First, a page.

With rackets using strings of less elastic material, e.g. synthetic resin such as nylon, their resiliency may be increased by extraneous means such as coil springs connecting them with the frame. Reference may be made in this connection to my German published patent application Nos. 2,116,920 and 2,225,595.


The object of my present invention is to provide an improved tennis racket, with a frame adapted to be massproduced from seamless or welded metal tubing, which can be used with inexpensive strings of limited elasticity without the encumbrance of connector springs or the like.


I have found, in accordance with my present invention, that this object can be realized with a frame constituted by a hollow profile consisting of preferably nonalloyed titanium (purity at least 95% by weight) which, though not normally thought of as elastic, has the necessary resiliency especially with wall thicknesses not exceeding one millimeter. The modulus of elasticity of titanium is about 1012 dynes/cm2.

Advantageously, pursuant to further features of my invention, the profile has a width (measured parallel to the bottom of its frame groove) ranging between substantially 25T and 40T as well as a height ranging between substantially 5T and 20T where T is the aforementioned wall thickness. The value of T preferably lies between about 0.6 and 0.8 mm.


The above and other features of my invention will now be described in detail with reference to the accompanying drawing in which:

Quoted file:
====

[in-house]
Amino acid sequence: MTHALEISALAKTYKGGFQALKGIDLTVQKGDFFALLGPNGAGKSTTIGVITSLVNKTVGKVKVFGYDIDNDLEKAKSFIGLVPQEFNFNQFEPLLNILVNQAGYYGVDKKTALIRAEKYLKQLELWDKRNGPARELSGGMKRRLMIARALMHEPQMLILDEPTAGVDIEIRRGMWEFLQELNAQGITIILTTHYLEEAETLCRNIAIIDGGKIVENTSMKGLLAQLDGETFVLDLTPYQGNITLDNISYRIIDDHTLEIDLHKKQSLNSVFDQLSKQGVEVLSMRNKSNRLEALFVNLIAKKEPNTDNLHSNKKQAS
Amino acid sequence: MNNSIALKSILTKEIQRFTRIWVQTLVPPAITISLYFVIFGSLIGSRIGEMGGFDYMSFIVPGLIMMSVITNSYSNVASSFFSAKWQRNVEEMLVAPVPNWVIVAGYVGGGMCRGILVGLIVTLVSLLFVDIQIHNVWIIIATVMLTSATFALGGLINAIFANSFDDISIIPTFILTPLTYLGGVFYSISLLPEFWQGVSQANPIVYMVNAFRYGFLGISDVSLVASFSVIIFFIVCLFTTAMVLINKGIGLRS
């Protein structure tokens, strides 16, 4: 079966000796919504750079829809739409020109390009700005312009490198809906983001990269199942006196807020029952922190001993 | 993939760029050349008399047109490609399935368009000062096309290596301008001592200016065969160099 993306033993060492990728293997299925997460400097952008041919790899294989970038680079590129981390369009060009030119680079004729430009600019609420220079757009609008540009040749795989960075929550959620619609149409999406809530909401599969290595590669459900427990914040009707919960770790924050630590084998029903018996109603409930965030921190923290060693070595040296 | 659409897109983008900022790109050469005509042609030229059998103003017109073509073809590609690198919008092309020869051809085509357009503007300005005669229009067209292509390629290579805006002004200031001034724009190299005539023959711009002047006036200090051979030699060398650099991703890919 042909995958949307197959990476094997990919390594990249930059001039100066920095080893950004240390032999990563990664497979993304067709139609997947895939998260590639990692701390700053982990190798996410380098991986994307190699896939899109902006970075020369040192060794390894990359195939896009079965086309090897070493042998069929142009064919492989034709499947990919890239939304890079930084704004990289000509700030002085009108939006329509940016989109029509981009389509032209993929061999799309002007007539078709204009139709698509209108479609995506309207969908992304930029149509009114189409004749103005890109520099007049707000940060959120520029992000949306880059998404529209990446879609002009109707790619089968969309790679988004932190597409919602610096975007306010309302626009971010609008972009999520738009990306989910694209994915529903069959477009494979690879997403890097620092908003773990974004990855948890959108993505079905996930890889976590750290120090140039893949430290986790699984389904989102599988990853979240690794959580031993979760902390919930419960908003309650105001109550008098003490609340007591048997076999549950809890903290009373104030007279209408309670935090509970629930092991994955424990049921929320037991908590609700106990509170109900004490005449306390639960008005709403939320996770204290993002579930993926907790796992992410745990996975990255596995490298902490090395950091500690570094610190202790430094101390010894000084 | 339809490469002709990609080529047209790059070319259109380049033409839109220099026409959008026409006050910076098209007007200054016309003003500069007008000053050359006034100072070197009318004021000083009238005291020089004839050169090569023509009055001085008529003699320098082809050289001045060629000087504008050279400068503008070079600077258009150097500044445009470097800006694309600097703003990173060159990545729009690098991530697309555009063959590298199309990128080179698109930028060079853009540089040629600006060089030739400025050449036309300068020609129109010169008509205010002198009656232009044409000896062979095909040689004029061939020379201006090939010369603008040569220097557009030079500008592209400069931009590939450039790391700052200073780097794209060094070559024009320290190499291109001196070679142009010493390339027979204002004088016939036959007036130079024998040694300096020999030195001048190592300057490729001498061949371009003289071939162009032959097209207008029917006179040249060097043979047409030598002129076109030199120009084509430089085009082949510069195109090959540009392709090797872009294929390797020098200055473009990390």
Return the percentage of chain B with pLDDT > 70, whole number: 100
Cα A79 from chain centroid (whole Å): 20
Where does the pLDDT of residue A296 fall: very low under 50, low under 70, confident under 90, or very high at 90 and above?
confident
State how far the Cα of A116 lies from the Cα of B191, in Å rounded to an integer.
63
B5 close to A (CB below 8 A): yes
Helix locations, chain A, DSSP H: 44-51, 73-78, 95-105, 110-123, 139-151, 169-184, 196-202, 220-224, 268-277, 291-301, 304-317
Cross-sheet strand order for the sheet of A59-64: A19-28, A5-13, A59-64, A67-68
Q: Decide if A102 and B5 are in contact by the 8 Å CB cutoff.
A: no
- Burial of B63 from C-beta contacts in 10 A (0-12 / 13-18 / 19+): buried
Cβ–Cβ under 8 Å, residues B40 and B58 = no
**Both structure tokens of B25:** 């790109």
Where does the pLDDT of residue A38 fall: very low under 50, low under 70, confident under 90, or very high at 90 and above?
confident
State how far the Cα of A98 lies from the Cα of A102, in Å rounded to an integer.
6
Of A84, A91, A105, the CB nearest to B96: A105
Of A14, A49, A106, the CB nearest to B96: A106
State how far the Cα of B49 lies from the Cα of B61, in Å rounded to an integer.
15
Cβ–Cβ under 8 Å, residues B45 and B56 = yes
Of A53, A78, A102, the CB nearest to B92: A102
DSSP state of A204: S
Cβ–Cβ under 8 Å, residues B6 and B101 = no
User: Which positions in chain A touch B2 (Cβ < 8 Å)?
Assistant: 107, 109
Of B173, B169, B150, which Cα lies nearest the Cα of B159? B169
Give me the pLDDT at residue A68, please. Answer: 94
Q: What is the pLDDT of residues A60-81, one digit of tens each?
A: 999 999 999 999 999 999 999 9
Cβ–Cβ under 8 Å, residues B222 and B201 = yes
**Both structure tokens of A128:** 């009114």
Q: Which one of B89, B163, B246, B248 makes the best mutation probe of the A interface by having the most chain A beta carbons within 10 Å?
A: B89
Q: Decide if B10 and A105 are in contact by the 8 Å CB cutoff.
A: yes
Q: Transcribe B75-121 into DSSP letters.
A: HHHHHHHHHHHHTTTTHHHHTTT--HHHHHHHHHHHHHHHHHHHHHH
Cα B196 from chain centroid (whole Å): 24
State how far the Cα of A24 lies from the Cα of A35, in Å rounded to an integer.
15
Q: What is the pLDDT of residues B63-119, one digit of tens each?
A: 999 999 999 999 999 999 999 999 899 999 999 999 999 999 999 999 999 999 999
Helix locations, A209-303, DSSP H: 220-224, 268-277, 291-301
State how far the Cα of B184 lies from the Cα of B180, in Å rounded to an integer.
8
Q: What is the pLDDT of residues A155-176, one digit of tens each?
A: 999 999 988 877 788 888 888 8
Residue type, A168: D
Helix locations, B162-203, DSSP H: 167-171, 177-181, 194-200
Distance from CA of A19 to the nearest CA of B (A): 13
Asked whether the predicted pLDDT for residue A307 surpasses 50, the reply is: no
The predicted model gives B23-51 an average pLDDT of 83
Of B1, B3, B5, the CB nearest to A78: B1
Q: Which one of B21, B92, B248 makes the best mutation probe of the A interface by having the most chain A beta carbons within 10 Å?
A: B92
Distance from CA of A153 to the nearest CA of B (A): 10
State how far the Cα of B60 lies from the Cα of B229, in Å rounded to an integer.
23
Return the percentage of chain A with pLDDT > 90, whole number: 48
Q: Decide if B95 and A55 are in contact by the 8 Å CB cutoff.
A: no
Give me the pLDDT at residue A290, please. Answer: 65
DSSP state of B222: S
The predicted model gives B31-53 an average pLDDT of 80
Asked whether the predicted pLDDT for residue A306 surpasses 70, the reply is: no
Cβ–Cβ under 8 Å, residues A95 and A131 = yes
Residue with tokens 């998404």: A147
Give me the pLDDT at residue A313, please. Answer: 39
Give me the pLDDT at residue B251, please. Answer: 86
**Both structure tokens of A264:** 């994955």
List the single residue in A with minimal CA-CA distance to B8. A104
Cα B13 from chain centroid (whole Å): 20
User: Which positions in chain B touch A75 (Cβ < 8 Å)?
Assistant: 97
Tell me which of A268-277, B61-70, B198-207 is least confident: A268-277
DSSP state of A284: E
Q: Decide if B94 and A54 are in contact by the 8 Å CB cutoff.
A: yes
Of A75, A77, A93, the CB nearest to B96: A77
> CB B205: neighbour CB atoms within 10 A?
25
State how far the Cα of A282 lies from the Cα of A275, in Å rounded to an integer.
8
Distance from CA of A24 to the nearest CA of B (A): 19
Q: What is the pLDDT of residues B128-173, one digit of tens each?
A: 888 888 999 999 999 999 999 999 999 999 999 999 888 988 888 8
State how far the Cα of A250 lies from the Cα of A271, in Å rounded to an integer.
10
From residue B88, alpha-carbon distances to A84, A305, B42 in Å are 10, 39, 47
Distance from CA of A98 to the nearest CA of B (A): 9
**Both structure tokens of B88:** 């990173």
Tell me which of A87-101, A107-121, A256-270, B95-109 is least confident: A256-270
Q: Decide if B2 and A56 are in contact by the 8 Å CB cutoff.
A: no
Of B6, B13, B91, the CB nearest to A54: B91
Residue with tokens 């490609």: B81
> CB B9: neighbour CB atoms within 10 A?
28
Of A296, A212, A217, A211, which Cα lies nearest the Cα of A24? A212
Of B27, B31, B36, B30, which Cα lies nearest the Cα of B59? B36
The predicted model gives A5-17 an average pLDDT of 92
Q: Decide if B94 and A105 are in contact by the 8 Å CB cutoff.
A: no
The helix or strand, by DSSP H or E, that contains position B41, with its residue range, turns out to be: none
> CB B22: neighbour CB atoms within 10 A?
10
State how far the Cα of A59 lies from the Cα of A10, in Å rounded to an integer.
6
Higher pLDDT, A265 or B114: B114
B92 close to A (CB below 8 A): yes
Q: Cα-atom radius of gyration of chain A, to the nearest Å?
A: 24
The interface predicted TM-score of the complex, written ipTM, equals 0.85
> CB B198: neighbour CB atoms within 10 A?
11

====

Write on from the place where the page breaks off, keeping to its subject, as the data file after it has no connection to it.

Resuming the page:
FIG. 1 is a face view of a tennis racket embodying my invention;

FIG. 2 is a side-elevational view of the racket shown in FIG. 1;

FIG. 3 is a cross-sectional detail view, drawn to a larger scale, of an area indicated at III in FIG. 1;

FIG. 4 is a cross-sectional view taken on the line IV--IV of FIG. 3;

FIGS. 5 and 6 are views similar to FIG. 4, drawn to a somewhat smaller scale and showing modified frame profiles; and

FIG. 7 is a set of graphs relating to the performance of my improved tennis racket.


In FIGS. 1-4 I have shown a tennis racket comprising a frame 1 in the form of a hollow profile consisting essentially of titanium, of preferably close to 100% purity. The profile is bent, in the usual manner, into a pair of generally parallel legs interconnected by a loop, the legs being bridged by a web 9--not necessarily of the same metal--complementing the loop to a substantially elliptical head. The extremities of the frame legs are interconnected by a handle 2 remote from that head, the loop being spanned by strings 3 of polyamide (nylon), for example. The strings are preferbly under a tension of about 210 newtons or 21 kiloponds (Kp=Kg-force).

As seen in FIGS. 3 and 4, profile 1 has an indentation 8 forming an outer peripheral groove with side perpendicular to a bottom defined by a web 4 paralleling an opposite wall portion or web 5, the webs 4 and 5 being separated only by an air space so as to be relatively displaceable within the limits of elasticity of the lateral profile flanks which in this embodiment are generally triangular. As seen in FIGS. 5 and 6, however, modified profiles 1' and 1" may be formed with a more rounded outline; the following discussion applies also to these modified profiles.

Webs 4 and 5 are formed with aligned apertures 6 and 7 traversed by the strings 3 a section 3a of which comes to lie at the bottom of groove 8 against web 4. The profile has a wall thickness T, a width W parallel to webs 4, 5, and a height H transverse thereto. In a specific example, T=0.75 mm, W=22.5 mm and H=7.5 mm, corresponding to a ratio of W/T=30 and H/T=10.